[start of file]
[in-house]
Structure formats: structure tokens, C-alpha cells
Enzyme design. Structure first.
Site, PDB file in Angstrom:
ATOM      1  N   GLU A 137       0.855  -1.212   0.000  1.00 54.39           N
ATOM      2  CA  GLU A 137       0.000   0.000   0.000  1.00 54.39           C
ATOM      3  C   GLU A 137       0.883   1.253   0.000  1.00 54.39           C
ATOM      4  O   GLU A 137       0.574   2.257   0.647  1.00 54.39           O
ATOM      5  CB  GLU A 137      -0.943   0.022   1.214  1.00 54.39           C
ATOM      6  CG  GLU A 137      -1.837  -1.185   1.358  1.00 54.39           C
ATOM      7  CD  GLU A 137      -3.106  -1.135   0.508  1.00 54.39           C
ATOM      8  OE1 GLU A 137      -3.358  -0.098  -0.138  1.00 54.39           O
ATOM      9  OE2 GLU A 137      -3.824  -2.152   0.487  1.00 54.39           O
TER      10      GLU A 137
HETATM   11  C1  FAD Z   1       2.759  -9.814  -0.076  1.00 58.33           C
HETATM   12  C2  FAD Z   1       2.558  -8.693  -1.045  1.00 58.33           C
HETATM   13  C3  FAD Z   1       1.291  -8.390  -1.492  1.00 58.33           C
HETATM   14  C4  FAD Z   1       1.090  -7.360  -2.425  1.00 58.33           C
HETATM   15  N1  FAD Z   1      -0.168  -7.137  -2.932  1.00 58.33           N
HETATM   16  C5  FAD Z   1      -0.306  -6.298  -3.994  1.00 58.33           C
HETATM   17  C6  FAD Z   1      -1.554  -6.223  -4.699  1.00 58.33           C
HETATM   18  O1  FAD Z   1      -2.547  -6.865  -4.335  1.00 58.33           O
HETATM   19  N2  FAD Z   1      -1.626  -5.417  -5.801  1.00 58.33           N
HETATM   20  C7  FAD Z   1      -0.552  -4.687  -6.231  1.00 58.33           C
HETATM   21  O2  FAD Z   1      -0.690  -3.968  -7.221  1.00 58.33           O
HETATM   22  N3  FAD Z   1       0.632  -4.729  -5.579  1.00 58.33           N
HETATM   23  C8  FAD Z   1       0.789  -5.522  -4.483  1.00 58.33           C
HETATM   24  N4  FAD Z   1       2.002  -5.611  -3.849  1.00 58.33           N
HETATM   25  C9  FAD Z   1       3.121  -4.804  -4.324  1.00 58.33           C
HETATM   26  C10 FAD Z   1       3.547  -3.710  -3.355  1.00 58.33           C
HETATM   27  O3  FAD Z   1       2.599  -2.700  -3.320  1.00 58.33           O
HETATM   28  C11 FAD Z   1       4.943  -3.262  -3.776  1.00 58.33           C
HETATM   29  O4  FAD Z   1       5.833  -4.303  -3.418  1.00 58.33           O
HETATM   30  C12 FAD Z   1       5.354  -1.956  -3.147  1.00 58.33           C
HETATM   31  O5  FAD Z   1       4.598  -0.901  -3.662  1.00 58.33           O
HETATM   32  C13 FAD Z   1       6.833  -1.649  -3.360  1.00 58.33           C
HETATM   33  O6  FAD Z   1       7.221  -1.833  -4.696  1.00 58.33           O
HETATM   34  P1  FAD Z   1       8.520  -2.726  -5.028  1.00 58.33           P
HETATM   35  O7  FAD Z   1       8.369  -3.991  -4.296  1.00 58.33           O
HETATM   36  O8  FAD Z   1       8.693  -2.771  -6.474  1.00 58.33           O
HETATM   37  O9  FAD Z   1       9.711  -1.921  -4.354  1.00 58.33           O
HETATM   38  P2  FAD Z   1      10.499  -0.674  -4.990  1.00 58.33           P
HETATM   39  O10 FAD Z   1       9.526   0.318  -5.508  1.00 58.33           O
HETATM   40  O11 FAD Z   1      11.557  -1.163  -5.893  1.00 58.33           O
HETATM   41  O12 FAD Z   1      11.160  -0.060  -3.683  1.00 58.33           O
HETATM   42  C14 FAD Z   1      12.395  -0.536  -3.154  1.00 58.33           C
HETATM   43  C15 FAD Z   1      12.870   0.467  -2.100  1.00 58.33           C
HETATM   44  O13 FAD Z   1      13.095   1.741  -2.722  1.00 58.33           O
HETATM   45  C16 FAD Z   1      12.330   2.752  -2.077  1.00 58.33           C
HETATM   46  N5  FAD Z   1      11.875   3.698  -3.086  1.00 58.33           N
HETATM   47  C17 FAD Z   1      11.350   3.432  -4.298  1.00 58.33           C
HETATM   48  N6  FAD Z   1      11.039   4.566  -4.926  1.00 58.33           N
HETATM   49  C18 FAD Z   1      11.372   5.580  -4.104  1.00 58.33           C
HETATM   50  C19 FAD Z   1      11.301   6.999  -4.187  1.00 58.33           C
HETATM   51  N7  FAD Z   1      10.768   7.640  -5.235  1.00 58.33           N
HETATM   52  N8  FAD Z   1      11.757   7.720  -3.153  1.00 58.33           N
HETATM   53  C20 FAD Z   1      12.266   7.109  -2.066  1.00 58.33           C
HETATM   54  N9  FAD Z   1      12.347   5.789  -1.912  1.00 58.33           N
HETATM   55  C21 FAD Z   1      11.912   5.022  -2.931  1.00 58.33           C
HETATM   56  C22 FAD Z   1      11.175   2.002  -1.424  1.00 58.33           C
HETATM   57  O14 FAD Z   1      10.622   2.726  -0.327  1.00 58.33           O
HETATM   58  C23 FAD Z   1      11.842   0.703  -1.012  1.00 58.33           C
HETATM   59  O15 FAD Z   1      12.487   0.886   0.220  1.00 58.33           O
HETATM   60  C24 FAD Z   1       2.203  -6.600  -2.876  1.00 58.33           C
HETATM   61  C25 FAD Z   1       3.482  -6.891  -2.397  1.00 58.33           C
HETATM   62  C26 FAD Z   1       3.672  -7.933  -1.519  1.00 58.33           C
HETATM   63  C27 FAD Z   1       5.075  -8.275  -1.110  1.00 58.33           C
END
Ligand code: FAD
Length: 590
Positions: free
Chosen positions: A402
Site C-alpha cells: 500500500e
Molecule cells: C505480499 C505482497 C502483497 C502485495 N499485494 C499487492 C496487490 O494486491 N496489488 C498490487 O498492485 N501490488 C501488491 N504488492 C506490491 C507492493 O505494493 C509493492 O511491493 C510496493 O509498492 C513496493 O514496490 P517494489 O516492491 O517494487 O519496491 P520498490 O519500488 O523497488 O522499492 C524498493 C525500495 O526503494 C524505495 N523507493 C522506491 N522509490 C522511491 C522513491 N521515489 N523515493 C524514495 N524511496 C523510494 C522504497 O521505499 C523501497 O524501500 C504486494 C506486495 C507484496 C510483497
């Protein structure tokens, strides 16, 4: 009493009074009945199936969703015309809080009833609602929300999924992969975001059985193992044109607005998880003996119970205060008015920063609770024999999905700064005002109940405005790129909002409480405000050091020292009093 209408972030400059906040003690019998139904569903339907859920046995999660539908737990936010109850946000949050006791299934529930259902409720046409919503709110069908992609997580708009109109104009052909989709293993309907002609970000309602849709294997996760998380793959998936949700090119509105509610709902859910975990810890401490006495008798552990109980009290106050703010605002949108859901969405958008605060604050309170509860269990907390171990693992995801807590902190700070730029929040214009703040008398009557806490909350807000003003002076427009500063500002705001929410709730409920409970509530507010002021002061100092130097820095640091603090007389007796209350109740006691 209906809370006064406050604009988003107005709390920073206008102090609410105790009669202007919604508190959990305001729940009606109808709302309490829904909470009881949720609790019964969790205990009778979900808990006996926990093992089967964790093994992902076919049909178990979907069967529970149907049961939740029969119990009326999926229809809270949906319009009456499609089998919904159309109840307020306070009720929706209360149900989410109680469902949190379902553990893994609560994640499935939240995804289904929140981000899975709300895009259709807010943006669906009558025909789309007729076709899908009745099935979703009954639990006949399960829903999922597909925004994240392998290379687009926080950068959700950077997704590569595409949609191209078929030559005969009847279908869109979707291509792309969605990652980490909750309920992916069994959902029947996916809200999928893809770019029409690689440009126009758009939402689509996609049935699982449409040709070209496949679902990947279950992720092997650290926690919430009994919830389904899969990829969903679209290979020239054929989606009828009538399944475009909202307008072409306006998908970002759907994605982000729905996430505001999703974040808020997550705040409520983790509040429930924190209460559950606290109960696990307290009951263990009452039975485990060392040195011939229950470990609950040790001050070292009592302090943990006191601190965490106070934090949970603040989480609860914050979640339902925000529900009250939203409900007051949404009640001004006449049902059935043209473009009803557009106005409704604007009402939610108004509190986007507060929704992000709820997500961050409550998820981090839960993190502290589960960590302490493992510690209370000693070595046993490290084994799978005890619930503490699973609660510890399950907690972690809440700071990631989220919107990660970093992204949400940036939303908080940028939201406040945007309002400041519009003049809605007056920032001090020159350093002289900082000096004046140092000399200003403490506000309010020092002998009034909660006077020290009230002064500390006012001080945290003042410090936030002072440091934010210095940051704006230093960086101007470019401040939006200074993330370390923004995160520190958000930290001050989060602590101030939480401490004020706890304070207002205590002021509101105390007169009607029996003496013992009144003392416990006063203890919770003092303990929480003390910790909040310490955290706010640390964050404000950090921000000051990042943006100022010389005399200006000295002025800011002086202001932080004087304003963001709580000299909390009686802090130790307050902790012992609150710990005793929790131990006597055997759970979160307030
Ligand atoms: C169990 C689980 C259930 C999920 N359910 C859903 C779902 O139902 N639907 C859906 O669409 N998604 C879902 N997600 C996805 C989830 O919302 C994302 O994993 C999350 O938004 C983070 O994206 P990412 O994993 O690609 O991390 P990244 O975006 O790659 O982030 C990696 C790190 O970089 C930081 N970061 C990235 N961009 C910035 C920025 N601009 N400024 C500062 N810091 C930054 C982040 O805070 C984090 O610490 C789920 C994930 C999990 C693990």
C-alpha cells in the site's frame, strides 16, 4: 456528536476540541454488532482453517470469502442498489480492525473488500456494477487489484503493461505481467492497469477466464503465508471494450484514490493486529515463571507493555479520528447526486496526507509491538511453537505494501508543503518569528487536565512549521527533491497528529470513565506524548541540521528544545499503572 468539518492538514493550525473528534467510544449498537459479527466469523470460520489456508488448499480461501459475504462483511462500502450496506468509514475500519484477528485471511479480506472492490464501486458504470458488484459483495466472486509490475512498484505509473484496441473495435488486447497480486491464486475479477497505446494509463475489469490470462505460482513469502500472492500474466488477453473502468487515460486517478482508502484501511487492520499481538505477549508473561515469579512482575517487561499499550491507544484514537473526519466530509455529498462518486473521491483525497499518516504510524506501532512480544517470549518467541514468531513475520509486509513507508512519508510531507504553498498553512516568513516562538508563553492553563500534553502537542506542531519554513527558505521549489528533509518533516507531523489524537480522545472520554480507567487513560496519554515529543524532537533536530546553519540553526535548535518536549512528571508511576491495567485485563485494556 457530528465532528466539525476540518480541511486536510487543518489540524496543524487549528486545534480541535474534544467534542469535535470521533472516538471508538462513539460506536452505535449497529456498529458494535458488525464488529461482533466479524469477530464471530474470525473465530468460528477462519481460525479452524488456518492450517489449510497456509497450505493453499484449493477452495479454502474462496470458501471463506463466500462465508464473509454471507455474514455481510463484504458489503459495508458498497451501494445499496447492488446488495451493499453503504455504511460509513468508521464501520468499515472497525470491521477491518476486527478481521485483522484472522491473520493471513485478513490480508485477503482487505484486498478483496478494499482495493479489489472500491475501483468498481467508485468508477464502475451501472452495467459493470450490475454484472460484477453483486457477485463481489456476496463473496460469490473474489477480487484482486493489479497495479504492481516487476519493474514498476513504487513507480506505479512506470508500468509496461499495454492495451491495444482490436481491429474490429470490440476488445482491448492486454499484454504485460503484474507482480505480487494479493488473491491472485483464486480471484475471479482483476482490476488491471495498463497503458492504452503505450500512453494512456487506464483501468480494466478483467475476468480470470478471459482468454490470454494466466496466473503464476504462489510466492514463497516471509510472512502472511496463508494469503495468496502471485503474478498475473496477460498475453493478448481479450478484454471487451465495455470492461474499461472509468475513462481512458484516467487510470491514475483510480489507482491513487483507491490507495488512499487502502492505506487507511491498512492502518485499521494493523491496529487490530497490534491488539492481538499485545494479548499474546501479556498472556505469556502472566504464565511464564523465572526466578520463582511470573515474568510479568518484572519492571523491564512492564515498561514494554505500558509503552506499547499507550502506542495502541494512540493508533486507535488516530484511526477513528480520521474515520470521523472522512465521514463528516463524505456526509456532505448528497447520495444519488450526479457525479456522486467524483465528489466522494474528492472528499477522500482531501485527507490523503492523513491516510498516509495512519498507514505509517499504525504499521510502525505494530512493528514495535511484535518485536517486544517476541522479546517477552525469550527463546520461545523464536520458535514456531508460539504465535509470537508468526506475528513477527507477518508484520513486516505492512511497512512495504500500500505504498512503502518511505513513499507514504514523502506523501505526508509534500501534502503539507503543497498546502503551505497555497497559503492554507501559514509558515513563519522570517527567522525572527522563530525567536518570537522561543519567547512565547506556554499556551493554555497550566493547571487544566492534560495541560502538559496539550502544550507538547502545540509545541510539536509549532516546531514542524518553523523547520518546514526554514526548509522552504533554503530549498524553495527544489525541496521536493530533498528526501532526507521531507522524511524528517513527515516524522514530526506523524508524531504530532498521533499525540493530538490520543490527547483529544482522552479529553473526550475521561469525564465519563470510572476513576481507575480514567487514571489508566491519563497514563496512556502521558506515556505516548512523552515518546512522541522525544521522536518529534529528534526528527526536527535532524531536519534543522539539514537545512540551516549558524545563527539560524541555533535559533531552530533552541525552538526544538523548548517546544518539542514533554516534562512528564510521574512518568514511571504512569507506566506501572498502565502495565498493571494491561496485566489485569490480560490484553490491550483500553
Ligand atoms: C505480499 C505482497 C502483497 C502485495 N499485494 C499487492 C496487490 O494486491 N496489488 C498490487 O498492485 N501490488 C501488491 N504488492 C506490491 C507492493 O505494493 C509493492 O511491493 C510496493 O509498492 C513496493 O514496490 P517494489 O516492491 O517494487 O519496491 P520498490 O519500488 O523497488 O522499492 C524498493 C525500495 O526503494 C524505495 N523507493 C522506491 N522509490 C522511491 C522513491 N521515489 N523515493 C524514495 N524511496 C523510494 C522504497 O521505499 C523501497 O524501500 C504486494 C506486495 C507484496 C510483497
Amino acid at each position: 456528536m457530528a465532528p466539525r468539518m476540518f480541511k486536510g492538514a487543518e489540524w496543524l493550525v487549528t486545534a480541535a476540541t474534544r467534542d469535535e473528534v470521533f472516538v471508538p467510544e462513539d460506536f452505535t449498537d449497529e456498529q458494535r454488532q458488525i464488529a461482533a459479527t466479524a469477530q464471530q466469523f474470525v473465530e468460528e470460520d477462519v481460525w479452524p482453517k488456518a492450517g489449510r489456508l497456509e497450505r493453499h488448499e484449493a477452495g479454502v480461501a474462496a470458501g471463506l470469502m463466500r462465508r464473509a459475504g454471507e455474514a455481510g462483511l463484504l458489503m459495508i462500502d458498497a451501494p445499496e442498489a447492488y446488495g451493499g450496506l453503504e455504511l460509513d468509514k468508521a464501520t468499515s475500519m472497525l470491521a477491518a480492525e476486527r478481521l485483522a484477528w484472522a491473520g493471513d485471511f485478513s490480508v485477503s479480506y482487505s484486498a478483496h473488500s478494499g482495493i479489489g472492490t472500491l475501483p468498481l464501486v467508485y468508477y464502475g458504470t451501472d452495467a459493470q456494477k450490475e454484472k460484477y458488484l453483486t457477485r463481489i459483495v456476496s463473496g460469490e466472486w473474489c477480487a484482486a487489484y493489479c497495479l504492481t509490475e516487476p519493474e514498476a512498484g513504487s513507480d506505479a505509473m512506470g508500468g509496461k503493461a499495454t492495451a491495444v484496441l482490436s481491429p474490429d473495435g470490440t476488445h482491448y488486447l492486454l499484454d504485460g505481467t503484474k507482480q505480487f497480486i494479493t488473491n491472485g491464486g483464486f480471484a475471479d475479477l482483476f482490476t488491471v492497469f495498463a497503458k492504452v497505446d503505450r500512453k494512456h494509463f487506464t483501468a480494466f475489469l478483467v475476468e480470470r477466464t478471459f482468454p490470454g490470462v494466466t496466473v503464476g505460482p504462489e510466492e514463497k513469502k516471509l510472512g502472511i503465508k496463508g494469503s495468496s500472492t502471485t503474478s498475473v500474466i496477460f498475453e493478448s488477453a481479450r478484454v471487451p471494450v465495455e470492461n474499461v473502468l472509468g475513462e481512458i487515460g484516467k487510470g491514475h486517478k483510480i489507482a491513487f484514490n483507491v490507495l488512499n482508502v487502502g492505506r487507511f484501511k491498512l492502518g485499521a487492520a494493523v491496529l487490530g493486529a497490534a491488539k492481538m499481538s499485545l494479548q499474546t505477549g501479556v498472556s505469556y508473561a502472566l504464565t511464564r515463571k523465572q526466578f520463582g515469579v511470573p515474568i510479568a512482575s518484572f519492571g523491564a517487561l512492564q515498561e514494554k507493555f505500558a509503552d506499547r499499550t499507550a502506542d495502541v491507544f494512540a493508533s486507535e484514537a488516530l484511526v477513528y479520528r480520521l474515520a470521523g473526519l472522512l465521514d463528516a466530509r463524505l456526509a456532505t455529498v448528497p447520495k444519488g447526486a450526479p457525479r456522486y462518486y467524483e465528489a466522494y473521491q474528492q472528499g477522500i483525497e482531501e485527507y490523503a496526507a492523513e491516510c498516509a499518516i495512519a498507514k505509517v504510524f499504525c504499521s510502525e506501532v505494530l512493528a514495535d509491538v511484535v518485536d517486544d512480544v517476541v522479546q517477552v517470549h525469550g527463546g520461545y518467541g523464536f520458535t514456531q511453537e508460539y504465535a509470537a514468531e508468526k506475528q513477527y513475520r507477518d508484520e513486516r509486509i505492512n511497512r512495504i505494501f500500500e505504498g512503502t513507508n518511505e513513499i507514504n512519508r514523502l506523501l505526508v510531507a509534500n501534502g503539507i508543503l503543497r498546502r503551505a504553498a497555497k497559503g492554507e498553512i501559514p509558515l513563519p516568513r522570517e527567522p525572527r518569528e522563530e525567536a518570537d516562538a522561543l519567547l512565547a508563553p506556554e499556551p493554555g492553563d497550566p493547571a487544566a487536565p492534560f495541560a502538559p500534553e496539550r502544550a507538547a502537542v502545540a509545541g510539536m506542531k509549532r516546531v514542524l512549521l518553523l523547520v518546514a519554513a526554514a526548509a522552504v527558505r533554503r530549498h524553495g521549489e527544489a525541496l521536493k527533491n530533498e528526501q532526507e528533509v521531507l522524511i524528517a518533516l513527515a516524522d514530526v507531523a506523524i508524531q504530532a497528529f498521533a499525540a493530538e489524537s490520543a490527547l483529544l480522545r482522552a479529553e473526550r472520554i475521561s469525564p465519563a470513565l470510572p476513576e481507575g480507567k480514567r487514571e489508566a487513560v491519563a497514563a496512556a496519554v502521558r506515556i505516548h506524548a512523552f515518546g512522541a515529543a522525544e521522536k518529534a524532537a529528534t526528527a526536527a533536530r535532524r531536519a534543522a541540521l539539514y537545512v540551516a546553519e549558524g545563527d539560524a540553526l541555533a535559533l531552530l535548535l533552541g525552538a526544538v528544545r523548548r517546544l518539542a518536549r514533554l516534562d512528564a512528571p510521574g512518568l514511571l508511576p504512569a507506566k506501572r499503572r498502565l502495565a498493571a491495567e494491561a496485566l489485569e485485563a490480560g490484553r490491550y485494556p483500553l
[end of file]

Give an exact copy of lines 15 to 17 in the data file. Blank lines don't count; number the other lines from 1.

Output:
HETATM   11  C1  FAD Z   1       2.759  -9.814  -0.076  1.00 58.33           C
HETATM   12  C2  FAD Z   1       2.558  -8.693  -1.045  1.00 58.33           C
HETATM   13  C3  FAD Z   1       1.291  -8.390  -1.492  1.00 58.33           C